The Dual Nature of Medical Enculturation in Postgraduate Medical Training and Practice

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This article was originally published as:

Gordon, J., Markham, P., Lipworth, W., Kerridge, I., & Little, M. (2012). The dual nature of medical enculturation in postgraduate medical training and practice. Medical Education, 46(9), 894-902. doi:10.1111/j.1365-2923.2012.04301.x

ISSN: 0308-0110


119999 Medical and Health Sciences not elsewhere classified

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Objectives  Enculturation is a normal and continuing part of human development. This study examined how medical graduates perceive the process of enculturation after graduation.

Methods  We conducted a qualitative study of the values of medical graduates associated with Sydney Medical School to identify processes that contribute to the ongoing process of enculturation.

Results  Two processes contributing to the process of enculturation were identified. Participants were aware of having passively absorbed the explicit and implicit culture of medicine, and of having actively sought to assimilate (or to avoid assimilating) the medical culture. The processes of enculturation were particularly evident in relation to three major concerns: competence; patient-centredness, and self-care.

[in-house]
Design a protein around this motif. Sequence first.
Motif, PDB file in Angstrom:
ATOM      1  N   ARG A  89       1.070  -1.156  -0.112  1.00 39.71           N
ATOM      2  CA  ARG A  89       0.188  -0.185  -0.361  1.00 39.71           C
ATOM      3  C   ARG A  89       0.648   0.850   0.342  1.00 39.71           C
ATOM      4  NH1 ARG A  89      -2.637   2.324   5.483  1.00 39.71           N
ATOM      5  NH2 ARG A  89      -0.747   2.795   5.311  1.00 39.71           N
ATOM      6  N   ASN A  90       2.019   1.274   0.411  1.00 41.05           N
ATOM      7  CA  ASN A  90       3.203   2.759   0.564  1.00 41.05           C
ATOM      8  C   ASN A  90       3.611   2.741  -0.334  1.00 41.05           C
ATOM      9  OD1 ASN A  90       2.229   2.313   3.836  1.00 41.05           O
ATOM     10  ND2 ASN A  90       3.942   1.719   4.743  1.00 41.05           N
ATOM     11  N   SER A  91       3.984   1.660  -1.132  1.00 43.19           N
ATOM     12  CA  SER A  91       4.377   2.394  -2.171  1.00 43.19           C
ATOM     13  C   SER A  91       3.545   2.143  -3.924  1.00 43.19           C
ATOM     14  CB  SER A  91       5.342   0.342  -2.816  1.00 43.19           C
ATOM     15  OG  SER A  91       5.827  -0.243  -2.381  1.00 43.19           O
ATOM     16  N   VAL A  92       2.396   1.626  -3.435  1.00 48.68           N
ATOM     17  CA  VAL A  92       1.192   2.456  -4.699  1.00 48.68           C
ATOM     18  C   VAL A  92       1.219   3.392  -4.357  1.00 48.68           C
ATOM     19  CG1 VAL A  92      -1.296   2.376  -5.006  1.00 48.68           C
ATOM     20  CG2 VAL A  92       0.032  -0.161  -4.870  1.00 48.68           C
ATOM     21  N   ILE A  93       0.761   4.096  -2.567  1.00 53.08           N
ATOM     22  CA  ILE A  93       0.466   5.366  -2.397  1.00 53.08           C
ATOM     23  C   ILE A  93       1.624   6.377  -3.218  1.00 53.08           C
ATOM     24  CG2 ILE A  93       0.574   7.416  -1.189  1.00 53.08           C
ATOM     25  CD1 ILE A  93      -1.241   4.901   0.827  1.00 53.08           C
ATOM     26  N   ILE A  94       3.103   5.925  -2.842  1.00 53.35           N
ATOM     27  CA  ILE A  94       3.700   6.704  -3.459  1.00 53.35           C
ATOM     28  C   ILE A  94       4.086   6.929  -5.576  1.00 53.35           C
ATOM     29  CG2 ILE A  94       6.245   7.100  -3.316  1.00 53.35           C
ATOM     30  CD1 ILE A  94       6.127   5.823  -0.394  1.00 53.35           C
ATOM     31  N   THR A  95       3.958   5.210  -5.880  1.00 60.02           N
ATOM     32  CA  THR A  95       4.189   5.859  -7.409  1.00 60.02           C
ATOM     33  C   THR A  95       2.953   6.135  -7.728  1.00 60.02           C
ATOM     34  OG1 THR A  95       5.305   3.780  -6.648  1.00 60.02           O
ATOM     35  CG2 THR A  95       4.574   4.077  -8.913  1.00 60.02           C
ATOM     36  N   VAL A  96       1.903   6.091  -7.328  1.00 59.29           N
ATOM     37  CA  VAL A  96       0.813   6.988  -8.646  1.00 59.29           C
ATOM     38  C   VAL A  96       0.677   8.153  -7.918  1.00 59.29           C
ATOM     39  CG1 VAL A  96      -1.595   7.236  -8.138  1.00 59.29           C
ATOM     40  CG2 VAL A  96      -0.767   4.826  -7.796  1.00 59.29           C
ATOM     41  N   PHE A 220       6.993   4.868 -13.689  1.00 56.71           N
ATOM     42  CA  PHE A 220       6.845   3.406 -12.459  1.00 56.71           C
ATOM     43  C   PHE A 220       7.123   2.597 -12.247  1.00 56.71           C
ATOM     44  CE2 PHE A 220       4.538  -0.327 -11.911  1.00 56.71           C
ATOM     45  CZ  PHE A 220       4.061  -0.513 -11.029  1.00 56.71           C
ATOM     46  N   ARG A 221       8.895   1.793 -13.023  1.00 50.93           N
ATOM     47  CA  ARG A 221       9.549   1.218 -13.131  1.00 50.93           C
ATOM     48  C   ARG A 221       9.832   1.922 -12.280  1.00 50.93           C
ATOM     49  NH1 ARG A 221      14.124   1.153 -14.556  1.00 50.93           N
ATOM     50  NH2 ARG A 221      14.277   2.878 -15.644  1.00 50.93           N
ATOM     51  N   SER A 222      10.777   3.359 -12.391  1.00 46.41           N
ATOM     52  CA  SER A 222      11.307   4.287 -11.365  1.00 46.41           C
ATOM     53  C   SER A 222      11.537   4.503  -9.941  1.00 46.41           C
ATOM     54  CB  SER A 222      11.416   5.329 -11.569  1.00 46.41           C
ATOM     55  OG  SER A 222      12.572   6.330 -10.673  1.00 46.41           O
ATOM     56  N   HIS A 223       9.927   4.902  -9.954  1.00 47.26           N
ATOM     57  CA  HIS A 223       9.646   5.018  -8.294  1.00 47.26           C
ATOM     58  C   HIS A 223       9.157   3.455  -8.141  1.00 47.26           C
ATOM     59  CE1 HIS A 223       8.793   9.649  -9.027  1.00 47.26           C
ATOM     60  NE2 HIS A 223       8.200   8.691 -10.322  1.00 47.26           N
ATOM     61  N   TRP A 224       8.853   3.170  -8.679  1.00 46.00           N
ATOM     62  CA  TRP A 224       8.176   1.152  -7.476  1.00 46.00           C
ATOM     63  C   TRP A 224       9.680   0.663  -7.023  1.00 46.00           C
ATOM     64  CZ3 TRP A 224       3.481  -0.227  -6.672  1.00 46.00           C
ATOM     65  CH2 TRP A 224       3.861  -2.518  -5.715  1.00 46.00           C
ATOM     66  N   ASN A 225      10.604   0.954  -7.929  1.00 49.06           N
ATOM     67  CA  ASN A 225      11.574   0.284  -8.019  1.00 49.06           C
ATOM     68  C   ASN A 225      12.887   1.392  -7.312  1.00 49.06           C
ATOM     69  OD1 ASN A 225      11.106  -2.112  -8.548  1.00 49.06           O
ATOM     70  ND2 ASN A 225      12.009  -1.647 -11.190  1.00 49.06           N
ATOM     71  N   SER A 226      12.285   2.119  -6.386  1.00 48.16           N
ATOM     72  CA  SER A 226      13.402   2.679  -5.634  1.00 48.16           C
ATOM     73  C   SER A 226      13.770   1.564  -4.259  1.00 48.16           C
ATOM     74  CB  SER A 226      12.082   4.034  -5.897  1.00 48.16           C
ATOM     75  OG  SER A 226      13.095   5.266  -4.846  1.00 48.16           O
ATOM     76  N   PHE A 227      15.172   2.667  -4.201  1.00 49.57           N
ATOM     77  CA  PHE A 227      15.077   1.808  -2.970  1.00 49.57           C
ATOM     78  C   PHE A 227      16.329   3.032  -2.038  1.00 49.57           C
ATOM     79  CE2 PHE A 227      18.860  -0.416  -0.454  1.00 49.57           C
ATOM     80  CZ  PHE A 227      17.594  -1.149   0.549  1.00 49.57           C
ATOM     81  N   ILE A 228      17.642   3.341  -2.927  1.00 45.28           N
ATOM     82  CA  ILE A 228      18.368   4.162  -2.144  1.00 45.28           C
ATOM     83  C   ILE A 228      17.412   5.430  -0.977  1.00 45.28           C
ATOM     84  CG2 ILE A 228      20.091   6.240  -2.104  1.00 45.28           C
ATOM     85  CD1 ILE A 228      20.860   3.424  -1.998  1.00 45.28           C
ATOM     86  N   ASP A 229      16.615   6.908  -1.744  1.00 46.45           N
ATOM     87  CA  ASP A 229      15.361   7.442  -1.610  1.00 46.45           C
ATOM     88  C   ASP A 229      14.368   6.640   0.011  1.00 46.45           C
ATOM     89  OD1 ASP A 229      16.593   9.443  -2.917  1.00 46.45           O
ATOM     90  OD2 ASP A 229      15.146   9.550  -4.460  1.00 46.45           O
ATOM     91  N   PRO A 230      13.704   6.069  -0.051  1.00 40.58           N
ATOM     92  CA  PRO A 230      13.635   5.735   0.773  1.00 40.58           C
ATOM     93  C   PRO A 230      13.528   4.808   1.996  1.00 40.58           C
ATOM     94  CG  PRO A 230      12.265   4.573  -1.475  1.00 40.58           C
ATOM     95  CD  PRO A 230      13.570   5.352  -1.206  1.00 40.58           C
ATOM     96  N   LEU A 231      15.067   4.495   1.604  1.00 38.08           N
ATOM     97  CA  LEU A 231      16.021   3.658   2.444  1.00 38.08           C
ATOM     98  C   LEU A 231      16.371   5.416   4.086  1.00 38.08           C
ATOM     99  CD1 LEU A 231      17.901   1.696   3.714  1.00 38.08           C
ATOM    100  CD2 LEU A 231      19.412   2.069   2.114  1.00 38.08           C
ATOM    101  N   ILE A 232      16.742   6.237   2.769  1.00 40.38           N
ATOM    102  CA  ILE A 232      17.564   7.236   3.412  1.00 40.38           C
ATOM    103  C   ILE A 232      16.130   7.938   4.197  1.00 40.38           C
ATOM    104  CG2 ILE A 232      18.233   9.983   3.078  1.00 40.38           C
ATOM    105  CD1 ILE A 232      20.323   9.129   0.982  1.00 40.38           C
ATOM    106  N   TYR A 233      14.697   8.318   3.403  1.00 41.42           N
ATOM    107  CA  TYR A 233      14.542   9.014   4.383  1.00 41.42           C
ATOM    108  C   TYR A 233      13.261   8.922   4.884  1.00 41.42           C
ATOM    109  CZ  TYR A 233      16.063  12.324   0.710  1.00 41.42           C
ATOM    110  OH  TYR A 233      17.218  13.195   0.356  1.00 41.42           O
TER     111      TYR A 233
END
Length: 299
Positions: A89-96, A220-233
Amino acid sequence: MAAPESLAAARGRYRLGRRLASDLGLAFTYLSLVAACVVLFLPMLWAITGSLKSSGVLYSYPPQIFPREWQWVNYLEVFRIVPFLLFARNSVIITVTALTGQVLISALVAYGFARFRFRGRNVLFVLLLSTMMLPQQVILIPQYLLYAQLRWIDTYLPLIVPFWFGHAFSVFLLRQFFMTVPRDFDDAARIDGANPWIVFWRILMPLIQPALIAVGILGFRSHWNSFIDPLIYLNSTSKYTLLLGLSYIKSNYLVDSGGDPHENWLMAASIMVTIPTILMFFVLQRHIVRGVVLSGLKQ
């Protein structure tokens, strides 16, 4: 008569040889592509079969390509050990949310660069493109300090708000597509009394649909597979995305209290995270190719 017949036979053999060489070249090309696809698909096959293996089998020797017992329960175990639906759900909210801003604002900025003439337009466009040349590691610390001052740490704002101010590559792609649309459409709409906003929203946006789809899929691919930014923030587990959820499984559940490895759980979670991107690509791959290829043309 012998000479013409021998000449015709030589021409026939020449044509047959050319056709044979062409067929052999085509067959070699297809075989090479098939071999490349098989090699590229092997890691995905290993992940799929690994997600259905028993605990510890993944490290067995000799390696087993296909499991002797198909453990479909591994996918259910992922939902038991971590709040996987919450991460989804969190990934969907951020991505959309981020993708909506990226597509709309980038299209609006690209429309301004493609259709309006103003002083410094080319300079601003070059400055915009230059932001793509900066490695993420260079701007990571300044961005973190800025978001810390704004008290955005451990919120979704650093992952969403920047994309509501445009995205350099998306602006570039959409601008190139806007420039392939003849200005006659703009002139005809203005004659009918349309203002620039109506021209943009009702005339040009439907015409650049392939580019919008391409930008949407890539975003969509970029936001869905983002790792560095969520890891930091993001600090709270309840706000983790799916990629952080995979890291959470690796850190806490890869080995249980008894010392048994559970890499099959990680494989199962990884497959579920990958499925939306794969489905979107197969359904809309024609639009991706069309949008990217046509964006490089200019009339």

Conclusions  The participants in this study demonstrated the capacity to reflect on and differentiate between two types of enculturation: absorption and assimilation. They were aware of the impacts of enculturation with respect to three main sets of values that are, respectively, epistemic, interpersonal and personal. Faculty development programmes might benefit from paying explicit attention to the process of enculturation and its influence on learning and practice.


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